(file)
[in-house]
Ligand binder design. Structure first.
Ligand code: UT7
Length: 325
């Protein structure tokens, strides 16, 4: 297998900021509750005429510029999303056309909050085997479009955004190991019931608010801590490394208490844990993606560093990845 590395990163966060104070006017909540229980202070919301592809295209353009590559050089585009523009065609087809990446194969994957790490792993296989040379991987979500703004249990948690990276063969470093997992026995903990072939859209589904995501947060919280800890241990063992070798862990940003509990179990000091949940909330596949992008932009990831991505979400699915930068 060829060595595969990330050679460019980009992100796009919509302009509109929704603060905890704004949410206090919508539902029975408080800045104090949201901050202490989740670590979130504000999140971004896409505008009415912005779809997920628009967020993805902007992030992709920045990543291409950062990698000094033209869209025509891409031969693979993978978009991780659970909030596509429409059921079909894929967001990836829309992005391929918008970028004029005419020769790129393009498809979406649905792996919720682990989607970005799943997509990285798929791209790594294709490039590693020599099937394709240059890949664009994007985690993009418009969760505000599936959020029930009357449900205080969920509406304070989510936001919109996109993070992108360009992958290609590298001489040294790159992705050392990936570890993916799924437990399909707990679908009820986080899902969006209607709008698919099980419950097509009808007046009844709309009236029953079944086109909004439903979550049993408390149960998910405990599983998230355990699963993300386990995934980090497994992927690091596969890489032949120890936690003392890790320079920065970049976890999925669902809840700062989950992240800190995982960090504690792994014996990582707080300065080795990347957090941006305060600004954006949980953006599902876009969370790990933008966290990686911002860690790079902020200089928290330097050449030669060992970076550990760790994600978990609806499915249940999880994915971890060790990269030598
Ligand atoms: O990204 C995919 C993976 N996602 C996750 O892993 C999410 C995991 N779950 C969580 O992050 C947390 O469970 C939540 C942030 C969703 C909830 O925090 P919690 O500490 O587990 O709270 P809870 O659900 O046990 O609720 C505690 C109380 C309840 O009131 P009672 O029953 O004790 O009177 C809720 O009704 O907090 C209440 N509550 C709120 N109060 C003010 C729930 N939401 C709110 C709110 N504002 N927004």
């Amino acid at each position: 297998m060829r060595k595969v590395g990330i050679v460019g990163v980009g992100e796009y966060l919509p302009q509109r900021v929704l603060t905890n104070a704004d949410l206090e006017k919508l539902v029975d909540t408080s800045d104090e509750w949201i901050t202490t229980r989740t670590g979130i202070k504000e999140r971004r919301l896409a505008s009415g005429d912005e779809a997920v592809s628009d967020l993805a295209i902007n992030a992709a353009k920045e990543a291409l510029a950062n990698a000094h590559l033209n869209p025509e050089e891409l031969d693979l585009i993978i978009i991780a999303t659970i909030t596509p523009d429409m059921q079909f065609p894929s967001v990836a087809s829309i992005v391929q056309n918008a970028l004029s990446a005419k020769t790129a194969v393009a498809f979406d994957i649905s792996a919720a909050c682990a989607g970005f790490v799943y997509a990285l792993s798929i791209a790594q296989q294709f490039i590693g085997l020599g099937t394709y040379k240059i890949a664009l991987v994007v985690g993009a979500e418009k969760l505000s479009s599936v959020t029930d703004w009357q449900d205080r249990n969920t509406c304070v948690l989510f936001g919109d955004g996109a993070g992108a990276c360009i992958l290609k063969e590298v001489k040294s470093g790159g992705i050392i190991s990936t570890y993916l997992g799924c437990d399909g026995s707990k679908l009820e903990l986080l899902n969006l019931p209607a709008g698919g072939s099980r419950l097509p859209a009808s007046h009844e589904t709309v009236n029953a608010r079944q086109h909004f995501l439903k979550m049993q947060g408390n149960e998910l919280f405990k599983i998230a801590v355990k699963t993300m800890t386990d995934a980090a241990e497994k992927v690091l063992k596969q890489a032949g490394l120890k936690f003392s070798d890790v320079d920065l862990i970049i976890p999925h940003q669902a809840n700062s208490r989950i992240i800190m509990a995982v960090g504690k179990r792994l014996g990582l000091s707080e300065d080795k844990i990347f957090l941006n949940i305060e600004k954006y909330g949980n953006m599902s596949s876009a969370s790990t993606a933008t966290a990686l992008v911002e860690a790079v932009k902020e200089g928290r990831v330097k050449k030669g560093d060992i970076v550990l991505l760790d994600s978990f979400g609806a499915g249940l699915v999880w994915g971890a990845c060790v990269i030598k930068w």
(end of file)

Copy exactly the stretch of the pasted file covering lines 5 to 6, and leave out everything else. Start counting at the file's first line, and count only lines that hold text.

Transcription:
């Protein structure tokens, strides 16, 4: 297998900021509750005429510029999303056309909050085997479009955004190991019931608010801590490394208490844990993606560093990845 590395990163966060104070006017909540229980202070919301592809295209353009590559050089585009523009065609087809990446194969994957790490792993296989040379991987979500703004249990948690990276063969470093997992026995903990072939859209589904995501947060919280800890241990063992070798862990940003509990179990000091949940909330596949992008932009990831991505979400699915930068 060829060595595969990330050679460019980009992100796009919509302009509109929704603060905890704004949410206090919508539902029975408080800045104090949201901050202490989740670590979130504000999140971004896409505008009415912005779809997920628009967020993805902007992030992709920045990543291409950062990698000094033209869209025509891409031969693979993978978009991780659970909030596509429409059921079909894929967001990836829309992005391929918008970028004029005419020769790129393009498809979406649905792996919720682990989607970005799943997509990285798929791209790594294709490039590693020599099937394709240059890949664009994007985690993009418009969760505000599936959020029930009357449900205080969920509406304070989510936001919109996109993070992108360009992958290609590298001489040294790159992705050392990936570890993916799924437990399909707990679908009820986080899902969006209607709008698919099980419950097509009808007046009844709309009236029953079944086109909004439903979550049993408390149960998910405990599983998230355990699963993300386990995934980090497994992927690091596969890489032949120890936690003392890790320079920065970049976890999925669902809840700062989950992240800190995982960090504690792994014996990582707080300065080795990347957090941006305060600004954006949980953006599902876009969370790990933008966290990686911002860690790079902020200089928290330097050449030669060992970076550990760790994600978990609806499915249940999880994915971890060790990269030598
Ligand atoms: O990204 C995919 C993976 N996602 C996750 O892993 C999410 C995991 N779950 C969580 O992050 C947390 O469970 C939540 C942030 C969703 C909830 O925090 P919690 O500490 O587990 O709270 P809870 O659900 O046990 O609720 C505690 C109380 C309840 O009131 P009672 O029953 O004790 O009177 C809720 O009704 O907090 C209440 N509550 C709120 N109060 C003010 C729930 N939401 C709110 C709110 N504002 N927004």